Looking for work in a New York railroad yard is drifter Axel North (John Cassavetes). Through a former friend, Axel has a contact at the rail yard and is soon hired on.
Axel's contact---the corrupt Charlie Malek (Jack Warden)---rules the roost at the yard and demands a kickback from Axel for getting him the job. Additionally, he forbids him to have anything to do with Tommy Tyler (Sidney Poitier)---another employee who has been friendly to Axel. Though Malek never outright says so, it is obvious that his contempt for Tommy is because he is black.
Despite Malek's warnings to stay away from Tommy, Axel goes to work on Tommy's crew, and the two men become very good friends.
As Axel spends time with Tommy and his wife, Lucy (Ruby Dee), they set him up with one of their friends, and while on a date one evening, Axel is approached by a man claiming to know him from somewhere...something which Axel denies. Although Axel attempts to explain his behavior, it would appear that he is hiding something.
Deeply troubled by his past---and trying to hide his true identity, lest he be discovered and sent to prison---Axel finds himself at Malek's mercy. Having discovered Axel's secret, Charlie demands a larger kickback from him; he also insists that Axel leave Tommy's crew and join his instead...failure to do so, and the gig is up. A friend in every sense of the word, Tommy steps in to help Axel out of his difficulty...an action which infuriates Charlie and results in tragedy.
As with nearly every Sidney Poitier film I have ever seen, this is an intense, hard-hitting drama, featuring sensational acting...John Cassavetes and Mr. Poitier are both stellar in their roles. Jack Warden is appropriately nasty and quite good as "the heavy." Ruby Dee is terrfic as well. Her final scene with Mr. Cassavetes is riveting. The film's score is dramatic and quite adds to the mood.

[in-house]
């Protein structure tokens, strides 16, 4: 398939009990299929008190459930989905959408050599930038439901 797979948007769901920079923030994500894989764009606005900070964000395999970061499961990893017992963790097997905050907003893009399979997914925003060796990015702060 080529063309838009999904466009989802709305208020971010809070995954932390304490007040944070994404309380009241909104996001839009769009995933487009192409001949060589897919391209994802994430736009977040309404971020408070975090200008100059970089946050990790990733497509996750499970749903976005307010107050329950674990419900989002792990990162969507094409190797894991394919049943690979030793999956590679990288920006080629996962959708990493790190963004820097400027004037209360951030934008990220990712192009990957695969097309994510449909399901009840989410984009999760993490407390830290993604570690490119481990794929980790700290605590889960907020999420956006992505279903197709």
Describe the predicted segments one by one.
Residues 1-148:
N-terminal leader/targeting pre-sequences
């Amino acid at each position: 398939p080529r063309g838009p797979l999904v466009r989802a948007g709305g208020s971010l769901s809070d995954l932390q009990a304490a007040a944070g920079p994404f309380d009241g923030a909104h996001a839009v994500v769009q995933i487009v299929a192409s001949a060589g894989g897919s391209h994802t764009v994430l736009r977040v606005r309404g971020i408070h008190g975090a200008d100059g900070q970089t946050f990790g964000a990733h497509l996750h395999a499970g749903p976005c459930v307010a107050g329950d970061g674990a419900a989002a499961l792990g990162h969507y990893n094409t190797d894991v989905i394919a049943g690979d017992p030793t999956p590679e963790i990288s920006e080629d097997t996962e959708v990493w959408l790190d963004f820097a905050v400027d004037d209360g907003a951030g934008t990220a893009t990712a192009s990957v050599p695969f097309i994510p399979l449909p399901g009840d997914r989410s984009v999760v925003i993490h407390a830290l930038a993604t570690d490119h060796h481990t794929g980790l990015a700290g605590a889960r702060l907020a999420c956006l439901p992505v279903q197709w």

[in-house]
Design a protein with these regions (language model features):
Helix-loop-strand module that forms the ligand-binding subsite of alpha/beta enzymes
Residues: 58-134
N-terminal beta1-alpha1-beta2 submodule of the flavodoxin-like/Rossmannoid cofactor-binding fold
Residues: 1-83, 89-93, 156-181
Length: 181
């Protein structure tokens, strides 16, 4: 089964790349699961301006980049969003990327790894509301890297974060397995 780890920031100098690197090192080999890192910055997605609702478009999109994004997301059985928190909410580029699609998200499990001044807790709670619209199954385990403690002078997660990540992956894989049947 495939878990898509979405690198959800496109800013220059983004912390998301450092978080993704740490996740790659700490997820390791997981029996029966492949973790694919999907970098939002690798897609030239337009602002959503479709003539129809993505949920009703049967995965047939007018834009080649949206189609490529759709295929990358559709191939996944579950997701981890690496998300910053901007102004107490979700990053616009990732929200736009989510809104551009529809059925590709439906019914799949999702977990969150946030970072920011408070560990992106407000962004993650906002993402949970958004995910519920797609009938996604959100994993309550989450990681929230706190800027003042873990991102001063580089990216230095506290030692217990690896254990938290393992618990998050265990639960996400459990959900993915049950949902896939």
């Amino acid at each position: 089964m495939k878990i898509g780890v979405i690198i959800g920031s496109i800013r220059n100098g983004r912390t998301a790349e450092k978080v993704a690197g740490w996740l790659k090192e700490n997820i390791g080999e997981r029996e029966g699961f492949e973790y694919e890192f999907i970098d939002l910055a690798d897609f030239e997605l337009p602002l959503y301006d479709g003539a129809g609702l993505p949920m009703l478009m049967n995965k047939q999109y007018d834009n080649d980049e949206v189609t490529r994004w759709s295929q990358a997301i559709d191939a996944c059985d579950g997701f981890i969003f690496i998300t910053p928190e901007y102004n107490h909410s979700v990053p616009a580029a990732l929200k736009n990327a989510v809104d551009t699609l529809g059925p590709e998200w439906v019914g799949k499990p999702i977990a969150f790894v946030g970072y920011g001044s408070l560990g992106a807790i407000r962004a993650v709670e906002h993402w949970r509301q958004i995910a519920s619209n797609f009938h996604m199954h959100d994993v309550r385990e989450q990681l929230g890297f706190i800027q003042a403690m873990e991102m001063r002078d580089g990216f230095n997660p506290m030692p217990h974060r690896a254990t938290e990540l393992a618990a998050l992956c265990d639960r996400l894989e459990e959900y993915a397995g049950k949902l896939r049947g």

I've seen Edge of the City compared to On the Waterfront. For me (and I know I often march to the beat of my own drum), Edge of the City is the superior film. While both tackle the issue of union corruption, abuse of power, and the need to speak out against them, Edge of the City moved me in a way On the Waterfront did not. Quite honestly, Waterfront is only a 3-star film for me.
Portraying a black man and a white man as good friends was bold for 1957, as was having the black man as the white man's workplace superior. For those reasons, Edge of the City did not play in the American South, thus making it a poor money-maker.
To my knowledge, this film is not out on DVD; however, it is on the TCM schedule for Thursday, March 28th, at 8:00 p.m. (ET). If you are a fan of either Sidney Poitier or John Cassavetes, you won't want to miss it.